Handling the heat

ST. ANDREWS, Scotland — Louis Oosthuizen had made it to the weekend of a major championship just once before in his career, much less dealt with the anxiety of shouldering a lead overnight.

And then he found himself challenged with about 29 hours of it.

"There's just so much lying around you can do," he concluded.

Nor did it help matters when the 27-year-old South African bogeyed Saturday's opening hole at St. Andrews. Here comes the letdown, many thought.

But Oosthuizen never gave another stroke back to par, in fact, pulling together a 3-under 69 that left him with another chance to sleep on the British Open lead — four shots in front, and 18 holes from holding the claret jug.

Maybe then folks will learn how to pronounce his name.

Again for the record, it's WUHST-hy-zen.

"I don't think anyone was thinking I was going to be up there," Oosthuizen said. "No one can actually say my surname, so they don't even know who I am out there.

"It's great being up there (in front). I just want to enjoy everything about it."

England's Paul Casey pushed him all day, but Oosthuizen birdied two of his final three holes at the Old Course to open some distance between him and his only close pursuer. Other than Casey four shots back, no one else is closer than seven strokes.

Oosthuizen reached the three-round checkpoint at 15-under 201, three off the Open record and two shy of Nick Faldo's mark for the best 54-hole Open score at St. Andrews.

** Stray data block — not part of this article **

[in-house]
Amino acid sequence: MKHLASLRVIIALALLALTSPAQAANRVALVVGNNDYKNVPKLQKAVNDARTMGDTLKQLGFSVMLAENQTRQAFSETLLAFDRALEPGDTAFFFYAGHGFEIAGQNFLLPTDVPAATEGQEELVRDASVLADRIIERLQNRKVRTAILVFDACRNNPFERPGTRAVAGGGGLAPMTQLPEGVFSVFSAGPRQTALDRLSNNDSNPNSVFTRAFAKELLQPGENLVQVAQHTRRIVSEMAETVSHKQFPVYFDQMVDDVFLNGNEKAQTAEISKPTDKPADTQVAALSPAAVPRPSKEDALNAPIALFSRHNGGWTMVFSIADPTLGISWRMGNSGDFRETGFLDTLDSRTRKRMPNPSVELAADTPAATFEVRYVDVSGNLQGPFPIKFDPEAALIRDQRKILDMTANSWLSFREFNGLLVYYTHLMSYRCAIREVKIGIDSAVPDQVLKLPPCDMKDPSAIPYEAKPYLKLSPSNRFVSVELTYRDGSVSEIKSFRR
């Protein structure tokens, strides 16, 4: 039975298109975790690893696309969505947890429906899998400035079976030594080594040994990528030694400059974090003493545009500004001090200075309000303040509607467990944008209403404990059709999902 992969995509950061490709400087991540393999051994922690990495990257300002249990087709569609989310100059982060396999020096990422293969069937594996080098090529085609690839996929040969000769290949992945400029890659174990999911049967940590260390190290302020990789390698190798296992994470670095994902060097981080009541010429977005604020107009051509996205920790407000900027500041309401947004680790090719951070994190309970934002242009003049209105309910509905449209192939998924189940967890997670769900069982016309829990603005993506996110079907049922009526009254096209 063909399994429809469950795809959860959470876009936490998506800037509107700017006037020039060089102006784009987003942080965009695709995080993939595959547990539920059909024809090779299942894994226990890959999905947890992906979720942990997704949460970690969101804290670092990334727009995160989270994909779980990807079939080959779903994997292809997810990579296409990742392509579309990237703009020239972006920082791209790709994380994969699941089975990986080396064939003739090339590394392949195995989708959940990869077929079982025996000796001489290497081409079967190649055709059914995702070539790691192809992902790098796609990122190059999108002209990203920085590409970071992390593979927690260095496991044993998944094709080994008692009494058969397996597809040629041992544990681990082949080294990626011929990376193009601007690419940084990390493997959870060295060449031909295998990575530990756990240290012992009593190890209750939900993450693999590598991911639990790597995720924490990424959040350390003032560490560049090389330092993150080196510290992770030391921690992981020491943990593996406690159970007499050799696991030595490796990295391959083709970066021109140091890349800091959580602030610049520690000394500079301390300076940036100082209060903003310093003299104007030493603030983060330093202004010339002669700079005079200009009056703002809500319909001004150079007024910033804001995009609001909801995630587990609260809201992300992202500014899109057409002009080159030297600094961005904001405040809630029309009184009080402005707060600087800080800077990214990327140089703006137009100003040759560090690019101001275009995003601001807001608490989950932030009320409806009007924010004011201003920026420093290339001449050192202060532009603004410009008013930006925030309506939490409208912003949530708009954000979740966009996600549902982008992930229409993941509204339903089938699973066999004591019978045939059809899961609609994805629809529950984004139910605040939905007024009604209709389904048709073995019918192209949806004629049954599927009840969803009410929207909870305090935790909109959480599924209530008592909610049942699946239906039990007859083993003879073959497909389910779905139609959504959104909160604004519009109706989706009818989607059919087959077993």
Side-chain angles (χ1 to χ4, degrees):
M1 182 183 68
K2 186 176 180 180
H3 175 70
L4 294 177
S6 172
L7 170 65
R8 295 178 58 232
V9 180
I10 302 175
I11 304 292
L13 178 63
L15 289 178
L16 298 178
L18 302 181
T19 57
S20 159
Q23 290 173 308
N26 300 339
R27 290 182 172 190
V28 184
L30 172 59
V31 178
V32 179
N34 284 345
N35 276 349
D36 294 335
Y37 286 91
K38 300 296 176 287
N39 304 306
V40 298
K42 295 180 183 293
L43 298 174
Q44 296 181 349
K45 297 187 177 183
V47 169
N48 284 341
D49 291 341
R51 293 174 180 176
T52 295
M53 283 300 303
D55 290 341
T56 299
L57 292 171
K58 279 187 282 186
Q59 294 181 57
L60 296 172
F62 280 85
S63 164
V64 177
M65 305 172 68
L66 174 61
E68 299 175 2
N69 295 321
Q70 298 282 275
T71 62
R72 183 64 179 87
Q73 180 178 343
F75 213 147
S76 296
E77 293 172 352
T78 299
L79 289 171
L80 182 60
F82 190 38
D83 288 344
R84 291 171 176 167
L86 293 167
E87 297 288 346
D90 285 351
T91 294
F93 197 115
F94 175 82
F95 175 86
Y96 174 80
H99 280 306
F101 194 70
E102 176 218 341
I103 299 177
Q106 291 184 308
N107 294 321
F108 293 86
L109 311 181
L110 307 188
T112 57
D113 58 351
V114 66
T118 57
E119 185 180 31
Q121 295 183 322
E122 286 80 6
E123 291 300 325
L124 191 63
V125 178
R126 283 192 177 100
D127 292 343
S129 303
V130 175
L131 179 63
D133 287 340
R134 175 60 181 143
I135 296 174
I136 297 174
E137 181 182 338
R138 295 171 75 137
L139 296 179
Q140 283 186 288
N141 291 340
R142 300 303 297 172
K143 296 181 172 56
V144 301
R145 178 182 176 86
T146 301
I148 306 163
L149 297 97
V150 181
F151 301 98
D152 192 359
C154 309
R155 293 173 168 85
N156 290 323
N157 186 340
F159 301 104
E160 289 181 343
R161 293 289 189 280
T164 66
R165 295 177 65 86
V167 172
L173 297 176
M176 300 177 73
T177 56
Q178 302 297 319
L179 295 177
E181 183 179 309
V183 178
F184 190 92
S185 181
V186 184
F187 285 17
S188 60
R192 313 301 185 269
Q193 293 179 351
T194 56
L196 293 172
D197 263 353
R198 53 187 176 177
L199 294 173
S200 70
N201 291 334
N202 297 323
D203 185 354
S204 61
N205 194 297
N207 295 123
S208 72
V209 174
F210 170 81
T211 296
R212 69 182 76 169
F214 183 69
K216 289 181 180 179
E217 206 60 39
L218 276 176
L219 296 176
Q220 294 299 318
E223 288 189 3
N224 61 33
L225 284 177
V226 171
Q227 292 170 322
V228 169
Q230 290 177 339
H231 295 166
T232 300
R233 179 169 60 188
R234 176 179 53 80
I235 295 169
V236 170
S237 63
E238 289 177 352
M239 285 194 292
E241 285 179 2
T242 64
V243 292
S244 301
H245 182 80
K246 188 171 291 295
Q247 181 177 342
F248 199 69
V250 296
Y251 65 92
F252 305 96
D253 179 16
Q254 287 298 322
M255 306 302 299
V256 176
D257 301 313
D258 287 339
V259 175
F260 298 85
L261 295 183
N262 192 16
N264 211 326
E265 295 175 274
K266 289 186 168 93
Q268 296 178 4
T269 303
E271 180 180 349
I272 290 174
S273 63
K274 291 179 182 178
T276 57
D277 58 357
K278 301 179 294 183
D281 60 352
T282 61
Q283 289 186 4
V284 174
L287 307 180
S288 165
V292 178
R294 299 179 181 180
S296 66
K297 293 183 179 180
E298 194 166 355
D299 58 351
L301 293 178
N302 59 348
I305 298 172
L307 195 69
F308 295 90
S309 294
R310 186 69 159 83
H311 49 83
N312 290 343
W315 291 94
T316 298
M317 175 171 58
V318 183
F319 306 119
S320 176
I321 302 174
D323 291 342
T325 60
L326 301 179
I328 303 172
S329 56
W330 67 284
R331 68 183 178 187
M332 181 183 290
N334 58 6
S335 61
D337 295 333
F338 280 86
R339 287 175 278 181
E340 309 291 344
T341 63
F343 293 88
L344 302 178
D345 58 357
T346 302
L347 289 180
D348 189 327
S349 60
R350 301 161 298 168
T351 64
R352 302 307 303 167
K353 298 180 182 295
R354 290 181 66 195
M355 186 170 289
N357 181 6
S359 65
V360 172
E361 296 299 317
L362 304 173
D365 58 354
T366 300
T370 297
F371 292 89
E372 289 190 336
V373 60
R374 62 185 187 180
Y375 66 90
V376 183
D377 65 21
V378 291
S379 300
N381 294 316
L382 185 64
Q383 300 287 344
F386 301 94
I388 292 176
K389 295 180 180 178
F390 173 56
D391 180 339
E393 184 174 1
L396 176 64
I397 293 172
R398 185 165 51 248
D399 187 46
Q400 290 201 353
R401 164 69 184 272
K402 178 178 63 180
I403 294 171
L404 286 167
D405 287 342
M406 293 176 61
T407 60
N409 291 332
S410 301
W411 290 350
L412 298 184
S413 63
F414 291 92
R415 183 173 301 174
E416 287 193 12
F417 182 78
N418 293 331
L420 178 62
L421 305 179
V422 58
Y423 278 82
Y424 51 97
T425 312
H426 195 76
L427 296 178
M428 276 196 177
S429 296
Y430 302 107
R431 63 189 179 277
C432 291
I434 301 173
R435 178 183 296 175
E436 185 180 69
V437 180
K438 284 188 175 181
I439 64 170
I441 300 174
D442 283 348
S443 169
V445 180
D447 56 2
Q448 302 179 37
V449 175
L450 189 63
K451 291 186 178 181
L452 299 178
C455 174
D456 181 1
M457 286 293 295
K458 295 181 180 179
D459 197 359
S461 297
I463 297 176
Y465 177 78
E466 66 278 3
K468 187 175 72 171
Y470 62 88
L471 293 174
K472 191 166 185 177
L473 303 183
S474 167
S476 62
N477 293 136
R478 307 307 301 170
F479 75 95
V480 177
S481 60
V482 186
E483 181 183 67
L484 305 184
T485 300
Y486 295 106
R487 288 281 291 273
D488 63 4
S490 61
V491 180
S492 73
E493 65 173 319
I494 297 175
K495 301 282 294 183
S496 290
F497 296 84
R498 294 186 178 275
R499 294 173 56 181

"Louis has actually been playing some really good golf this year," said countryman Retief Goosen, twice a major champion. "He has one of the best swings on (the European) Tour. And he's a good wind player."

Casey posted a 67, making five birdies in a front-side 31 but stalling with nine pars the rest of the way. Then you have to go all the way back to 8-under to find Germany's Martin Kaymer (68), with three golfers another stroke back.

Tiger Woods carded a 1-over 73 Saturday, falling 12 shots off the pace and seeing the window all but close on his bid to become the first man to capture three Opens at St. Andrews.

"I just didn't get anything out of the round," said Woods.

Oosthuizen began Saturday with a five-stroke advantage, having missed most of Friday's windblown chaos that sent afternoon scores soaring, posting a 67 in the day's opening group.

With Saturday's late start to let 30 golfers complete their second rounds, Oosthuizen had to wait about 29 hours to between rounds.

"It felt like a week and a half, really," said Oosthuizen, who waited in his hotel room.

He got off to a rough start as his lag putt from the edge of the green zoomed about 10 feet past the hole and he missed the comebacker.

"I was quite a bit nervous on the first," Oosthuizen said. "But I got myself together and made a few par saves. … I felt like I swung it really well all day."


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